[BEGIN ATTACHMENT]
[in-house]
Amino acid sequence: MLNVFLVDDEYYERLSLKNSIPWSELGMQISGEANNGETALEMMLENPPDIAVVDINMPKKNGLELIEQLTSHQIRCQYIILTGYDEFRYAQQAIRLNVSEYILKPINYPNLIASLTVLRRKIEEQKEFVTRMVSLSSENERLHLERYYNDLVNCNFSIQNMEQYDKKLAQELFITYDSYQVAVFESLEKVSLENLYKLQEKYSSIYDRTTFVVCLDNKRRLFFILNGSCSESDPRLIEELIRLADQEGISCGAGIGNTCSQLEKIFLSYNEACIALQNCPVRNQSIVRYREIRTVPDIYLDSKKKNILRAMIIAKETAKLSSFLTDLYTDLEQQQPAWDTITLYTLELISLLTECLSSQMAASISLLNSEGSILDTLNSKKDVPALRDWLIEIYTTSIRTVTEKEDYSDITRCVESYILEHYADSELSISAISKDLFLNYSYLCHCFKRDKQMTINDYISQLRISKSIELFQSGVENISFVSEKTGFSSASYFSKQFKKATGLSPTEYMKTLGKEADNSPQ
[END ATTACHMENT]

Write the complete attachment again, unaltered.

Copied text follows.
[in-house]
Amino acid sequence: MLNVFLVDDEYYERLSLKNSIPWSELGMQISGEANNGETALEMMLENPPDIAVVDINMPKKNGLELIEQLTSHQIRCQYIILTGYDEFRYAQQAIRLNVSEYILKPINYPNLIASLTVLRRKIEEQKEFVTRMVSLSSENERLHLERYYNDLVNCNFSIQNMEQYDKKLAQELFITYDSYQVAVFESLEKVSLENLYKLQEKYSSIYDRTTFVVCLDNKRRLFFILNGSCSESDPRLIEELIRLADQEGISCGAGIGNTCSQLEKIFLSYNEACIALQNCPVRNQSIVRYREIRTVPDIYLDSKKKNILRAMIIAKETAKLSSFLTDLYTDLEQQQPAWDTITLYTLELISLLTECLSSQMAASISLLNSEGSILDTLNSKKDVPALRDWLIEIYTTSIRTVTEKEDYSDITRCVESYILEHYADSELSISAISKDLFLNYSYLCHCFKRDKQMTINDYISQLRISKSIELFQSGVENISFVSEKTGFSSASYFSKQFKKATGLSPTEYMKTLGKEADNSPQ